By CARLY LEWIS
Saturday, August 3, 2019
Mona Awad is a Bostonbased Canadian author whose debut novel, 13 Ways of Looking at a Fat Girl, was shortlisted for the Scotiabank Giller Prize in 2016 and longlisted for the 2017 Stephen Leacock Memorial Medal for Humour. A former columnist for Maisonneuve magazine, where she sharp-wittedly wrote under the pseudonym Veronica Tartley, Awad's new novel, Bunny, was released in June.
Bunny's protagonist, Samantha, is a listless, downhearted young writer enrolled at a prestigious university where her peers, whom she calls "the Bunnies," are "the fake poor and fashionably deranged."
Here, Awad speaks to The Globe about writing the outsider, and the horror - and joy - of letting your darlings take the wheel.
I just finished reading Bunny.
Night after night, I've been kicking my feet under the covers, utterly freaking out.
I don't know if that's a good thing! It is! Okay good. I like to be freaked out, too.
Let's start there. The way characters and place unfurl in Bunny is evocatively terrifying, the villains coming straight for you, told from what feels like the interior of fear.
Is being freaked out part of your process?
I guess it is, yeah, because I'm interested in moments and experiences that are fraught and emotionally charged. I'm interested in conveying feelings that might conflict with each other, and in conveying them in as visceral a way as I can. And I love reading that in a book, because it makes me feel like I'm there. I love stories that do that. So I think yes, I do enjoy freaking myself out, and I certainly did a lot in Bunny.
Usually, when we read about female friendship or cliques, there is some kind of noble epiphany that we're supposed to have.
I kept reaching for a diagnosis.
Ultimately, it is about the imagination. The main character sort of lives in her imagination, and her imagination colours her experience with other people. It colours her experience with herself. It reshapes reality. It can lead her down these really horrific paths, the way our imaginations often can, even for those of us who aren't artists and don't have overactive imaginations, and it can also lead her down incredibly wondrous paths. I wanted the book to be a celebration of the power of imagination, while acknowledging the darkness that can live there.
There's a line where Samantha says, "I've never known what it's like to be in the world without most of my soul dreaming up and living in another." Is there any truth to that for you as a writer?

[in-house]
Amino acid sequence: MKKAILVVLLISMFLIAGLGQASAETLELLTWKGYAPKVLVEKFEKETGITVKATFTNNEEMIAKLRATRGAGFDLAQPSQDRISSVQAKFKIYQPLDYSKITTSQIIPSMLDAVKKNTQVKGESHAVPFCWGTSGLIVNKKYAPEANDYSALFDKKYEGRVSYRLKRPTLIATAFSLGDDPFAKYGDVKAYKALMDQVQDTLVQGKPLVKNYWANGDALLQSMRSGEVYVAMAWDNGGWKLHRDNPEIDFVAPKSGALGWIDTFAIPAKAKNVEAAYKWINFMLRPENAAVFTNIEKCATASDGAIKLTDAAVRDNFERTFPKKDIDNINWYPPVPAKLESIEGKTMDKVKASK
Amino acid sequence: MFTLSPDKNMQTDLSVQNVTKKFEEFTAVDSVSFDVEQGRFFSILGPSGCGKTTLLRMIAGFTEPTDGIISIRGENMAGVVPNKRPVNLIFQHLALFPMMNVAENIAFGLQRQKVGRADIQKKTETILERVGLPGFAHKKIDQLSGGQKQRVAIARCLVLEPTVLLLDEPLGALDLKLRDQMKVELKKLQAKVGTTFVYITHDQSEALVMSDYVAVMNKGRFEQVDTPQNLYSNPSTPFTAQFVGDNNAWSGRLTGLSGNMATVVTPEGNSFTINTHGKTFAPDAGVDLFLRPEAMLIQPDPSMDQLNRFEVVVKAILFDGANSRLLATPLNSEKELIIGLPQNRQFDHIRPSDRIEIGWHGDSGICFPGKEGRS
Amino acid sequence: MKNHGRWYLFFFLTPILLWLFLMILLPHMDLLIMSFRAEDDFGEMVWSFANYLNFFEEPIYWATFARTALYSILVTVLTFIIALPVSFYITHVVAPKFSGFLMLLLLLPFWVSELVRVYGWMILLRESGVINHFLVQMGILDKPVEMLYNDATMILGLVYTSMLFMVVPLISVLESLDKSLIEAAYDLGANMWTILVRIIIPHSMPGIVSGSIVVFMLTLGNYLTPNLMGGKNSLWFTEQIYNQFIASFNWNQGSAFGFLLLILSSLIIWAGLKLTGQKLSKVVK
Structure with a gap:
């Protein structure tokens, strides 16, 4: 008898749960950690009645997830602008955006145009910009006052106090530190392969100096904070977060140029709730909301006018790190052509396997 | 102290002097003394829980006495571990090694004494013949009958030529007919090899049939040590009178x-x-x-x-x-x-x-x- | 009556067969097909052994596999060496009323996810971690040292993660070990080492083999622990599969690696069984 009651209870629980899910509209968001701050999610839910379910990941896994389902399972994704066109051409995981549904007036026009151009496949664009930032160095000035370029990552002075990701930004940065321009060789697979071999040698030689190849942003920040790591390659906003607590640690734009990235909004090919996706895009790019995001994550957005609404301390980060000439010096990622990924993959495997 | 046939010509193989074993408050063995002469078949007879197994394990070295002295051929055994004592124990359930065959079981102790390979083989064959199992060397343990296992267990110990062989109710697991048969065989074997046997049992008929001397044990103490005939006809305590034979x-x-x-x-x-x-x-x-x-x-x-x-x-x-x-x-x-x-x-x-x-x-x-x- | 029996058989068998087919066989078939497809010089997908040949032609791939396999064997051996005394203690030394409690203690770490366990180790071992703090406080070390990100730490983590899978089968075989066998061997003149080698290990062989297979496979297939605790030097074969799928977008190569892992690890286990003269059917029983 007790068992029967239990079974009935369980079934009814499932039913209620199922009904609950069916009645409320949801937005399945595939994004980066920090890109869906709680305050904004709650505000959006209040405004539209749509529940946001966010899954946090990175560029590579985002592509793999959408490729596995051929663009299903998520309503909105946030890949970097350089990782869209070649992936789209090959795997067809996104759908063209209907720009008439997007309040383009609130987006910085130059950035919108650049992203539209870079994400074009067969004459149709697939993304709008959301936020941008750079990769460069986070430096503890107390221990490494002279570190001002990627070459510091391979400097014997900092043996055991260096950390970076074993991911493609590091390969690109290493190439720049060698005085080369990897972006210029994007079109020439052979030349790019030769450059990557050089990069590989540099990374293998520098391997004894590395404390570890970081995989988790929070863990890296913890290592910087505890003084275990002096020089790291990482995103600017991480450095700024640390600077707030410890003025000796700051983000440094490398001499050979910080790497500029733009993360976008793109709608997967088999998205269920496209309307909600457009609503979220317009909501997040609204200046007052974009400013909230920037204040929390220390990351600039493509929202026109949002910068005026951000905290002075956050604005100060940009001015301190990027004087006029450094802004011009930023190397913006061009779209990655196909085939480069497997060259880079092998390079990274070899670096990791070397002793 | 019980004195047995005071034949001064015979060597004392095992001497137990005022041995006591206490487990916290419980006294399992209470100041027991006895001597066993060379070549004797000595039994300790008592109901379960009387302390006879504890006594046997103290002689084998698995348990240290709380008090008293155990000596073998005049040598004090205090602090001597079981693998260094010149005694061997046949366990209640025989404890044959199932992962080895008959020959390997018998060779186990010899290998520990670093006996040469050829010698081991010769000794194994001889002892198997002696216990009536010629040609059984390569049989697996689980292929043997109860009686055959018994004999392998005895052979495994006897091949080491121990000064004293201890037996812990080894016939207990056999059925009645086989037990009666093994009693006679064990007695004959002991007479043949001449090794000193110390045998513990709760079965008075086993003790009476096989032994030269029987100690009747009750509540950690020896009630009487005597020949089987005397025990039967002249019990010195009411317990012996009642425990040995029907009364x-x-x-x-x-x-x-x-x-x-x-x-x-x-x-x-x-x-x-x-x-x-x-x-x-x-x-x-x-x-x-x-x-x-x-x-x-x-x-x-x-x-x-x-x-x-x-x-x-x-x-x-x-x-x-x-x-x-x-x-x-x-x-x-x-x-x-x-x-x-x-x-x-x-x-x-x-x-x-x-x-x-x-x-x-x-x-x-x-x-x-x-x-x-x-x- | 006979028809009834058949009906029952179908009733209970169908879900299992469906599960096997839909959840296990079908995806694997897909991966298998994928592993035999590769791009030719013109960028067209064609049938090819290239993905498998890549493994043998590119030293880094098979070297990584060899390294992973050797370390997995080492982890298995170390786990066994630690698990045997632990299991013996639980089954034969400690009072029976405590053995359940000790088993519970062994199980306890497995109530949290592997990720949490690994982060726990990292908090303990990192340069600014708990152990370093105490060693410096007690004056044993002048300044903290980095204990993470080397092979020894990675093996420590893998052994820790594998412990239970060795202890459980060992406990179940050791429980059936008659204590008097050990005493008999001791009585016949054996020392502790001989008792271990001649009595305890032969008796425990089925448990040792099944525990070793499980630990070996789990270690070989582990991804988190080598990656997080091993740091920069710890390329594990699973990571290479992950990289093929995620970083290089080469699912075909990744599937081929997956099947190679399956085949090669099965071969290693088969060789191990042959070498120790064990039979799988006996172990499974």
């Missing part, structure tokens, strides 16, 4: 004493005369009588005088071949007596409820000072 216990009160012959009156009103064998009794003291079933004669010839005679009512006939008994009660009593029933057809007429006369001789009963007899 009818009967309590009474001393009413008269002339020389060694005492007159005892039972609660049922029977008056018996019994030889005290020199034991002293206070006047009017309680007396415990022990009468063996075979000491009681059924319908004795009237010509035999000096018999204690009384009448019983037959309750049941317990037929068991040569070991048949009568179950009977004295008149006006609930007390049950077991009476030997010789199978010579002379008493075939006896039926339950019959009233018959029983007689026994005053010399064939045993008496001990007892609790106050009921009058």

That is something I connect with Samantha on. I need to have a foot in an imaginative world. It's a way of coping. As an artist, you move around out of necessity.
Your creative life is kind of like home. It's a stable space, even though it's not stable, you're making it up.
You somewhat disdainfully include the hashtag #amwriting in a description of the Bunnies' Instagram captions. Who were you thinking of when you wrote that?
Really, truly, it's nobody. It's just a hashtag that I saw and thought was hysterical. The internet is terrible for my own writing. I can't work and write. I wonder how anybody can. I certainly cannot. But I do think it's very funny. And of course the Bunnies were going to say they were writing when they were clearly not writing. It's very symptomatic of the time we're living in.
It brings up a conflicting sense of anxiety for Samantha. She doesn't want to be the kind of person who uses the #amwriting hashtag. But seeing it makes her feel like she's not measuring up.
I mean, as a writer, I always feel like I'm not measuring up. And I don't think that's an uncommon feeling. Bunny was such a joy to write. It was pure pleasure even though there was a lot of fear, because I was going into unknown territories. I was really excited.
But I was also really scared and didn't think I could do it. I think that's my process.
You were right when you asked if I like to freak myself out.
Yes! I like to freak myself out! Both in the story, and as a writer.
The ideas I have often seem very out of my reach. But they are exciting to me. I'm pretty certain that I'll fail the whole time I'm working on them. But I don't want to give up on them, because they're irresistible to me.
I'm already in love and I have to keep going.
It's a process of being afraid, being in love, being afraid, being in love and not feeling like I measure up to this thing that I want to make.